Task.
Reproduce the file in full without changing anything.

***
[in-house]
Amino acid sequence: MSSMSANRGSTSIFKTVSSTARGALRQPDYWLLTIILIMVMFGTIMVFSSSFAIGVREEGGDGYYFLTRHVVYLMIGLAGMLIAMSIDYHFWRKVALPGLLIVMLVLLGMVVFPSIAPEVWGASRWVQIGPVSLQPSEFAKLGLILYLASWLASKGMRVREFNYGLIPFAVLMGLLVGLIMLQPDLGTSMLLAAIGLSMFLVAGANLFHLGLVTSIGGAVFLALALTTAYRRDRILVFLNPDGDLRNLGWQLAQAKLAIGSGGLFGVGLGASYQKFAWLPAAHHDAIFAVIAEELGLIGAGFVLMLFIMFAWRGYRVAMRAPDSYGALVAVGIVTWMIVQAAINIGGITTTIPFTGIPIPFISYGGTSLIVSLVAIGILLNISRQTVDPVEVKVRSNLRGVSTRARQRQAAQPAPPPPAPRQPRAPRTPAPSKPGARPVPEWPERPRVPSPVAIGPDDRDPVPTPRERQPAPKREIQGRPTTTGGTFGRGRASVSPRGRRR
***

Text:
[in-house]
Amino acid sequence: MSSMSANRGSTSIFKTVSSTARGALRQPDYWLLTIILIMVMFGTIMVFSSSFAIGVREEGGDGYYFLTRHVVYLMIGLAGMLIAMSIDYHFWRKVALPGLLIVMLVLLGMVVFPSIAPEVWGASRWVQIGPVSLQPSEFAKLGLILYLASWLASKGMRVREFNYGLIPFAVLMGLLVGLIMLQPDLGTSMLLAAIGLSMFLVAGANLFHLGLVTSIGGAVFLALALTTAYRRDRILVFLNPDGDLRNLGWQLAQAKLAIGSGGLFGVGLGASYQKFAWLPAAHHDAIFAVIAEELGLIGAGFVLMLFIMFAWRGYRVAMRAPDSYGALVAVGIVTWMIVQAAINIGGITTTIPFTGIPIPFISYGGTSLIVSLVAIGILLNISRQTVDPVEVKVRSNLRGVSTRARQRQAAQPAPPPPAPRQPRAPRTPAPSKPGARPVPEWPERPRVPSPVAIGPDDRDPVPTPRERQPAPKREIQGRPTTTGGTFGRGRASVSPRGRRR